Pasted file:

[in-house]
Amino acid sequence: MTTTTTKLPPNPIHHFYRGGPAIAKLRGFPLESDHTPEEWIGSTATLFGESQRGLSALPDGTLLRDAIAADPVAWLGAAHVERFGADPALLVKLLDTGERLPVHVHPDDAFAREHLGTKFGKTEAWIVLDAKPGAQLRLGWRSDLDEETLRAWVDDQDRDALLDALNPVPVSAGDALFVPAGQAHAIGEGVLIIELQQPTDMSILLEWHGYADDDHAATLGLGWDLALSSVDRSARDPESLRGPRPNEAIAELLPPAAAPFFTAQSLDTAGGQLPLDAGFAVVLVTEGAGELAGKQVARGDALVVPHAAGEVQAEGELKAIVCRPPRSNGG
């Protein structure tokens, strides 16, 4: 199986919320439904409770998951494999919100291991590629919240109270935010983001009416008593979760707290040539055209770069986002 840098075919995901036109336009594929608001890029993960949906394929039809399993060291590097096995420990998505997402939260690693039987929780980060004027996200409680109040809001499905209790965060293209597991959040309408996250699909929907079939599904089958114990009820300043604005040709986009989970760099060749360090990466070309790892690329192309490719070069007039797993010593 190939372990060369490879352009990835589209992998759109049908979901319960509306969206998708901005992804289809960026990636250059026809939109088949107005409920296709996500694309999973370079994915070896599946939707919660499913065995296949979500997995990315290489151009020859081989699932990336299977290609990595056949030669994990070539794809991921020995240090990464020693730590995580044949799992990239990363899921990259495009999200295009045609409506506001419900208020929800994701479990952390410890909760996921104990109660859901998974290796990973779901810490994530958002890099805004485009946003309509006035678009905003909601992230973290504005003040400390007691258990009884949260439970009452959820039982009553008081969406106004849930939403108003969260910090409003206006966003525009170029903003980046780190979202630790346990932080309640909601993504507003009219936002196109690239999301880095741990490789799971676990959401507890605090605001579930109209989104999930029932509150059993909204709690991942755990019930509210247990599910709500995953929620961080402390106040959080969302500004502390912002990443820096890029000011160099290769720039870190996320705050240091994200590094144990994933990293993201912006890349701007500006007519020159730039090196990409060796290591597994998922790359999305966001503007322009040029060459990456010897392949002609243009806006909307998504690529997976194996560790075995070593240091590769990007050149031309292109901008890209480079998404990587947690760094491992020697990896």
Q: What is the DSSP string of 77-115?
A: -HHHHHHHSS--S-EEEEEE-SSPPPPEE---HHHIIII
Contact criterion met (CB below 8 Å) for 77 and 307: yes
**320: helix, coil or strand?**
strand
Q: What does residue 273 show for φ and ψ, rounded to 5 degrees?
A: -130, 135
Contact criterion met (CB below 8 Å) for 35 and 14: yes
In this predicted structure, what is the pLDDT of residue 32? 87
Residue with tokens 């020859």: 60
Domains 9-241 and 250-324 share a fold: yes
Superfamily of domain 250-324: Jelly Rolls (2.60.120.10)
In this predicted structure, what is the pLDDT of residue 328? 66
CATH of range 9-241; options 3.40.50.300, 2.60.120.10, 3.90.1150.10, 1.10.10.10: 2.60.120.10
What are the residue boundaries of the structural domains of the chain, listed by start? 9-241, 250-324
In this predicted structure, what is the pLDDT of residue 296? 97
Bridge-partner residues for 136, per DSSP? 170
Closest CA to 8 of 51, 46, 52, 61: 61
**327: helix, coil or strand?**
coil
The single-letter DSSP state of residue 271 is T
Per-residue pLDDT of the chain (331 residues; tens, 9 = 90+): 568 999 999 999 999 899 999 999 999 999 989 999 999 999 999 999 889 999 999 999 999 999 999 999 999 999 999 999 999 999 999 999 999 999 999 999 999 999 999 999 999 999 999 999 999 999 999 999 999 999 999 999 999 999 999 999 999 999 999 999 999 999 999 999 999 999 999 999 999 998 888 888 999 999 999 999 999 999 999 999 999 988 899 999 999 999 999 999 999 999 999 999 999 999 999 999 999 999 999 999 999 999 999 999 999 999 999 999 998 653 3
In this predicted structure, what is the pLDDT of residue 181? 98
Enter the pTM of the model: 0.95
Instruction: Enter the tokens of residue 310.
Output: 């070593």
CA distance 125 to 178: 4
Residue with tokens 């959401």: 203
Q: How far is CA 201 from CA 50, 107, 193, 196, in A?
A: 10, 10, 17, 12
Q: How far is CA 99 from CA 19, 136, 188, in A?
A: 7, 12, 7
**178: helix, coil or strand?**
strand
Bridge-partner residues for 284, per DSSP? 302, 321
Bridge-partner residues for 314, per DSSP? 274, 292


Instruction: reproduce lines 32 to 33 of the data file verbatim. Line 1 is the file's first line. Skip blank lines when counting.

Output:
Q: How far is CA 201 from CA 50, 107, 193, 196, in A?
A: 10, 10, 17, 12